Throughout his career, Professor Blöschl has been a strong advocate of bridging the gap between fundamental process understanding and the practice of water resources management.

Livia Peiser
Livia Peiser is a Spatial Analysis Officer in the Land and Water Division of the United Nations Food and Agriculture Organization. Her work focuses on water resources assessment, water use in agriculture, agricultural water management for rural poverty alleviation. She’s currently involved in projects related to water accounting and crop water productivity monitoring in Africa, the Near East and Asia. Through her work, she brings innovative remote sensing applications in agricultural development programs, while maintaining a people-centred approach. She’s a geographer with specialization in spatial analysis and natural resources management. Prior to joining FAO, she has been applying GIS and Remote Sensing tools for several years on different subjects in UN and other development organizations (food security and vulnerability analysis, forest monitoring, cadastral mapping, and archaeological sites monitoring).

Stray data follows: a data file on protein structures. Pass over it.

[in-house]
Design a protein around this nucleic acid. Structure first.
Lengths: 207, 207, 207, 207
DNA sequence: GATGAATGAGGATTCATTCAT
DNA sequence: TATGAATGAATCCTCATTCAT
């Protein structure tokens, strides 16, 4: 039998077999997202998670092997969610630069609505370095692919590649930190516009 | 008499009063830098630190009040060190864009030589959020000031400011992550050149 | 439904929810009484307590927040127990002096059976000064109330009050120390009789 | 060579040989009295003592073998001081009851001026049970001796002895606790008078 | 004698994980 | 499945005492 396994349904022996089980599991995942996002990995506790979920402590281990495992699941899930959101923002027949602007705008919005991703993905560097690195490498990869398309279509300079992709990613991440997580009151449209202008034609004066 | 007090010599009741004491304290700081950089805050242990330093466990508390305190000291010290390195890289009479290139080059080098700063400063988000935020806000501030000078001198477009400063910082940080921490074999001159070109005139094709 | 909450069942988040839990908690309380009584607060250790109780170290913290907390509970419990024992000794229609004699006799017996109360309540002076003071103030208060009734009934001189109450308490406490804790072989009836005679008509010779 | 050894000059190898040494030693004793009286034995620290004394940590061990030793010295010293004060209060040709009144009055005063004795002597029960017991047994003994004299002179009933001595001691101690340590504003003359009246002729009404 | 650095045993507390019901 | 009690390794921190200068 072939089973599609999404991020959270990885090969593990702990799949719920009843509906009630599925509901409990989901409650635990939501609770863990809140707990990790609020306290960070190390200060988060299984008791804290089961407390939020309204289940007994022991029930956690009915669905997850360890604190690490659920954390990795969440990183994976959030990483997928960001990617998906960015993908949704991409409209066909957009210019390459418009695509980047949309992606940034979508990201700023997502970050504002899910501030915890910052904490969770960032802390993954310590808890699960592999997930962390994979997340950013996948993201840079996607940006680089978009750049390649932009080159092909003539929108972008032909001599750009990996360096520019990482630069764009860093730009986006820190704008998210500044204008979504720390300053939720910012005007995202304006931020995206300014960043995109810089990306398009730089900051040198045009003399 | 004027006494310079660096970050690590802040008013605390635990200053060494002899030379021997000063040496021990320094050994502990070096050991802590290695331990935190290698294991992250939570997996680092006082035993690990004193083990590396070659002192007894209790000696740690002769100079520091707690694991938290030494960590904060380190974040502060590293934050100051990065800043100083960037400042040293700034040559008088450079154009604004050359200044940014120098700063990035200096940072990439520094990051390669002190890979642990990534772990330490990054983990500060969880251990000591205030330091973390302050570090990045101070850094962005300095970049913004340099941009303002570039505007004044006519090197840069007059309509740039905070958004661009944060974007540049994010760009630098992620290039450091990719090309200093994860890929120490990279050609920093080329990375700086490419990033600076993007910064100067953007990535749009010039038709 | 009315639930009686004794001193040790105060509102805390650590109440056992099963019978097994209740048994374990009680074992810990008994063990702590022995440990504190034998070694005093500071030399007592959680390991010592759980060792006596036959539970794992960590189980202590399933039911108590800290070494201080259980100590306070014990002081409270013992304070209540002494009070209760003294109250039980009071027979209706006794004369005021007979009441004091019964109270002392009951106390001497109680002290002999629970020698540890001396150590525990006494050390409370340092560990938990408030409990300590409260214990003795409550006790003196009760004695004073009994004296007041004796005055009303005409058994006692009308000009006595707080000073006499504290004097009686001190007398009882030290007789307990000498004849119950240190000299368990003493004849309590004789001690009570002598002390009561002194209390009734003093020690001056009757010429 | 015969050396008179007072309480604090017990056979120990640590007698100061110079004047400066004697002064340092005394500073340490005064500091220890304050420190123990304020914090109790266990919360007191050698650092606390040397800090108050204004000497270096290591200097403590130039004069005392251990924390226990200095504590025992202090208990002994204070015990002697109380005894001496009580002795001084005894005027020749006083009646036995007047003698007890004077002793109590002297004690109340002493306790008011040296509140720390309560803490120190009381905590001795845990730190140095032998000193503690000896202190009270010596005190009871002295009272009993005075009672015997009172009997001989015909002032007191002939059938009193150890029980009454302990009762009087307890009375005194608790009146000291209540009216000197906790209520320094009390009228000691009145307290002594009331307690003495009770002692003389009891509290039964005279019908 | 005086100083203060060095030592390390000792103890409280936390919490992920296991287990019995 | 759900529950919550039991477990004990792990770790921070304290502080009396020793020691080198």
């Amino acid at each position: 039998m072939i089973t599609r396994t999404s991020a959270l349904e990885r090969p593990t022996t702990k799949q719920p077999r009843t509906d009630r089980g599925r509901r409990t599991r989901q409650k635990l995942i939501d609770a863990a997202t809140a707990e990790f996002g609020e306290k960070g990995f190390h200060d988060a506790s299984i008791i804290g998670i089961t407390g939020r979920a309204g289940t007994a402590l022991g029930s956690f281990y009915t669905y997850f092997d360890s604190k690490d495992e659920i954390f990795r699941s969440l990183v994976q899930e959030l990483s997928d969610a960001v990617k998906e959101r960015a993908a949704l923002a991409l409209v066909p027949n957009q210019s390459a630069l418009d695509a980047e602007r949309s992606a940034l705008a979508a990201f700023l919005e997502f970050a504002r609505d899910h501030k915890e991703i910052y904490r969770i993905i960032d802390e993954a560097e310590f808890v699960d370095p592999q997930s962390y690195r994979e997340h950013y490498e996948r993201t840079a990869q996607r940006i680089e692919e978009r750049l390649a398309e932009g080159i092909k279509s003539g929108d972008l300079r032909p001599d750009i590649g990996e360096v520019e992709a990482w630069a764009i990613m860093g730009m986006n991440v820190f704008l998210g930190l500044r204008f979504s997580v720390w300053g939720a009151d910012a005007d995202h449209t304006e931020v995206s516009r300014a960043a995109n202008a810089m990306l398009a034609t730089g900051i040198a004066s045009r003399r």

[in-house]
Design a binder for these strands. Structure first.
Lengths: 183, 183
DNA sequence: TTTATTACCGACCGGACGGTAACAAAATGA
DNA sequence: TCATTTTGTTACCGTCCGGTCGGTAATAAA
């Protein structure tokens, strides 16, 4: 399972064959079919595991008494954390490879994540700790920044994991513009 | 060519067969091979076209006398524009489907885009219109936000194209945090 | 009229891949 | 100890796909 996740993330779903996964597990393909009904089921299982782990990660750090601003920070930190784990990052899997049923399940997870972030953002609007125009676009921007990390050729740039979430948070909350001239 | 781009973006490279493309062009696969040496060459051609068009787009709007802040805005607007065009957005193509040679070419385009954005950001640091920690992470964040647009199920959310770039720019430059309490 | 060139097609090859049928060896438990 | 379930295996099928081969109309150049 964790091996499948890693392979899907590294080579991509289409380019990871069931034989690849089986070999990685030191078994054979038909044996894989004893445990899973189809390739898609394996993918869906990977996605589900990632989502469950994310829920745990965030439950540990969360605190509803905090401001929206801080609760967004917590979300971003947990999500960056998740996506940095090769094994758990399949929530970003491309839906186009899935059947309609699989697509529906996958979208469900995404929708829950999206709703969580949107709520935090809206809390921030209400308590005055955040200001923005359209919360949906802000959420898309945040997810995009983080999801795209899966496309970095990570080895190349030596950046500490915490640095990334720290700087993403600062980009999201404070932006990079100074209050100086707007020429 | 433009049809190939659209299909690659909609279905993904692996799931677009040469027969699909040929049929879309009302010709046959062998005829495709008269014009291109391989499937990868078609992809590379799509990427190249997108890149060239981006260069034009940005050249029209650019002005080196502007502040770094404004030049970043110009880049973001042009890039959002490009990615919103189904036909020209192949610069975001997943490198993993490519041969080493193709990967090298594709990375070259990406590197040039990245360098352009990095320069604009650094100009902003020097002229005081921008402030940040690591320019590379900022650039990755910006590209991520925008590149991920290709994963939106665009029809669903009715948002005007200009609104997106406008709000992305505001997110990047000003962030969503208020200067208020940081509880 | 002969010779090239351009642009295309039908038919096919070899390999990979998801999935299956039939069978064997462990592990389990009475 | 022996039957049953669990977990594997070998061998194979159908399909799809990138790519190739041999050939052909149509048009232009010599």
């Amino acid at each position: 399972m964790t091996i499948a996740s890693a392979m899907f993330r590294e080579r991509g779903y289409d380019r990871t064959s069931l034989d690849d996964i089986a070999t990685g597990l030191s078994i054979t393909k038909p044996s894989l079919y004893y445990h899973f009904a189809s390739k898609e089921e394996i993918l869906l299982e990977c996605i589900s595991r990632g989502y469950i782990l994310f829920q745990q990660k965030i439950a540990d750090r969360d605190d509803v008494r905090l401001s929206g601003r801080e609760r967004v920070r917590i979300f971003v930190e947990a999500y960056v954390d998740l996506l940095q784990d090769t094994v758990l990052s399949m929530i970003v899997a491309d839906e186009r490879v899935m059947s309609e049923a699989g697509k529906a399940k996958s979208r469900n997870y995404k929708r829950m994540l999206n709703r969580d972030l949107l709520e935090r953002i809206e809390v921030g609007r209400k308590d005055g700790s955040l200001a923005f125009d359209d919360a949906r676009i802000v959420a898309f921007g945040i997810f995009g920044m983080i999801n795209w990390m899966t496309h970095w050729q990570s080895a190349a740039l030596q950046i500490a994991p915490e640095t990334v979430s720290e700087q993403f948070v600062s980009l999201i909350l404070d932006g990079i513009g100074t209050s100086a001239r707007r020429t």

Dr Ioana Popescu
Ioana Popescu is currently Associate Professor of Hydroinformatics at UNESCO-IHE Institute for Water Education in Delft, The Netherlands. Her research focuses on computational methods, aspects of flood modeling and vulnerability related to floods, lake and reservoir modeling and water supply systems modeling and optimisation. She is particularly interested in integrating mathematical models into decision support systems. She is a member of several Engineering associations and research schools, like the International Association for Hydro-Environment Engineering and Research (IAHR), the European Geophysical Union (EGU) and of the SENSE research school. Currently she is the Chair of the IAHR Committee on Education and Professional Development.